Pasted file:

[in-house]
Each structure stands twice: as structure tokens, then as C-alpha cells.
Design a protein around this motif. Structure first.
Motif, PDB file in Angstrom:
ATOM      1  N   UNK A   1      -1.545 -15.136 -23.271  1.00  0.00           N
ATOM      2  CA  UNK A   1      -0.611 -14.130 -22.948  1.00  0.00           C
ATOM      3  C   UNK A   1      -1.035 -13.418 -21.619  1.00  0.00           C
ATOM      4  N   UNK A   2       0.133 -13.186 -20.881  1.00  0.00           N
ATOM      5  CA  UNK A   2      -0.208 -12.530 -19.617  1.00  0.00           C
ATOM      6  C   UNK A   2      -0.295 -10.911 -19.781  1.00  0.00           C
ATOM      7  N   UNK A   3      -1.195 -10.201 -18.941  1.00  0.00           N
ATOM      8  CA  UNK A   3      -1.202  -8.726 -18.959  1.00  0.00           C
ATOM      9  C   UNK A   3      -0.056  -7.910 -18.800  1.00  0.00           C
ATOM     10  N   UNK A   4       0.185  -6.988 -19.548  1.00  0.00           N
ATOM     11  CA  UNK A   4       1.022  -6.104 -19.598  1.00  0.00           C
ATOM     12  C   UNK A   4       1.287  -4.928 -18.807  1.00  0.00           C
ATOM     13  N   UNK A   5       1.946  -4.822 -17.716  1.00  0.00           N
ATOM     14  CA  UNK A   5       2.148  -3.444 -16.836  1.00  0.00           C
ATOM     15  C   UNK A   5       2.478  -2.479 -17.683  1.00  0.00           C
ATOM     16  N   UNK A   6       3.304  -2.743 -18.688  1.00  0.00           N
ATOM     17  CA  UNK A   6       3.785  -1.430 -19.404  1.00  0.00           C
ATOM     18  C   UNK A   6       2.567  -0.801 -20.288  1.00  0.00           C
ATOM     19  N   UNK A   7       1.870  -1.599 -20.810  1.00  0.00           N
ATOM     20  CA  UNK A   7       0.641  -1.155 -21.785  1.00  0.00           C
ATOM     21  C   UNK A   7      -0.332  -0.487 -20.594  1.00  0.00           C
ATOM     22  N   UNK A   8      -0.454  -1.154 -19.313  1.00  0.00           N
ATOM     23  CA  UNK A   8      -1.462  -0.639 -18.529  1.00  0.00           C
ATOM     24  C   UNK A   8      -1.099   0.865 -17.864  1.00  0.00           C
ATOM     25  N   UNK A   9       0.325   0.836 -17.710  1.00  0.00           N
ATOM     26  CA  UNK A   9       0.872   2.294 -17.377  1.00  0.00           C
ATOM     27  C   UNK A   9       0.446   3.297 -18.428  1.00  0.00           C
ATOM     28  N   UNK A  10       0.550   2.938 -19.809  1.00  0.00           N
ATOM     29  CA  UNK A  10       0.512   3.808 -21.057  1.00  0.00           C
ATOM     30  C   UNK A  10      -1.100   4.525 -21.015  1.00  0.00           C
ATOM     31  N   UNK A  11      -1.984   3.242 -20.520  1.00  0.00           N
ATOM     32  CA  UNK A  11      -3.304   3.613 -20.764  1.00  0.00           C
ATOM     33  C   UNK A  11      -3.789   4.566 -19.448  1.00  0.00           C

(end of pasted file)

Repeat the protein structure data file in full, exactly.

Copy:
[in-house]
Each structure stands twice: as structure tokens, then as C-alpha cells.
Design a protein around this motif. Structure first.
Motif, PDB file in Angstrom:
ATOM      1  N   UNK A   1      -1.545 -15.136 -23.271  1.00  0.00           N
ATOM      2  CA  UNK A   1      -0.611 -14.130 -22.948  1.00  0.00           C
ATOM      3  C   UNK A   1      -1.035 -13.418 -21.619  1.00  0.00           C
ATOM      4  N   UNK A   2       0.133 -13.186 -20.881  1.00  0.00           N
ATOM      5  CA  UNK A   2      -0.208 -12.530 -19.617  1.00  0.00           C
ATOM      6  C   UNK A   2      -0.295 -10.911 -19.781  1.00  0.00           C
ATOM      7  N   UNK A   3      -1.195 -10.201 -18.941  1.00  0.00           N
ATOM      8  CA  UNK A   3      -1.202  -8.726 -18.959  1.00  0.00           C
ATOM      9  C   UNK A   3      -0.056  -7.910 -18.800  1.00  0.00           C
ATOM     10  N   UNK A   4       0.185  -6.988 -19.548  1.00  0.00           N
ATOM     11  CA  UNK A   4       1.022  -6.104 -19.598  1.00  0.00           C
ATOM     12  C   UNK A   4       1.287  -4.928 -18.807  1.00  0.00           C
ATOM     13  N   UNK A   5       1.946  -4.822 -17.716  1.00  0.00           N
ATOM     14  CA  UNK A   5       2.148  -3.444 -16.836  1.00  0.00           C
ATOM     15  C   UNK A   5       2.478  -2.479 -17.683  1.00  0.00           C
ATOM     16  N   UNK A   6       3.304  -2.743 -18.688  1.00  0.00           N
ATOM     17  CA  UNK A   6       3.785  -1.430 -19.404  1.00  0.00           C
ATOM     18  C   UNK A   6       2.567  -0.801 -20.288  1.00  0.00           C
ATOM     19  N   UNK A   7       1.870  -1.599 -20.810  1.00  0.00           N
ATOM     20  CA  UNK A   7       0.641  -1.155 -21.785  1.00  0.00           C
ATOM     21  C   UNK A   7      -0.332  -0.487 -20.594  1.00  0.00           C
ATOM     22  N   UNK A   8      -0.454  -1.154 -19.313  1.00  0.00           N
ATOM     23  CA  UNK A   8      -1.462  -0.639 -18.529  1.00  0.00           C
ATOM     24  C   UNK A   8      -1.099   0.865 -17.864  1.00  0.00           C
ATOM     25  N   UNK A   9       0.325   0.836 -17.710  1.00  0.00           N
ATOM     26  CA  UNK A   9       0.872   2.294 -17.377  1.00  0.00           C
ATOM     27  C   UNK A   9       0.446   3.297 -18.428  1.00  0.00           C
ATOM     28  N   UNK A  10       0.550   2.938 -19.809  1.00  0.00           N
ATOM     29  CA  UNK A  10       0.512   3.808 -21.057  1.00  0.00           C
ATOM     30  C   UNK A  10      -1.100   4.525 -21.015  1.00  0.00           C
ATOM     31  N   UNK A  11      -1.984   3.242 -20.520  1.00  0.00           N
ATOM     32  CA  UNK A  11      -3.304   3.613 -20.764  1.00  0.00           C
ATOM     33  C   UNK A  11      -3.789   4.566 -19.448  1.00  0.00           C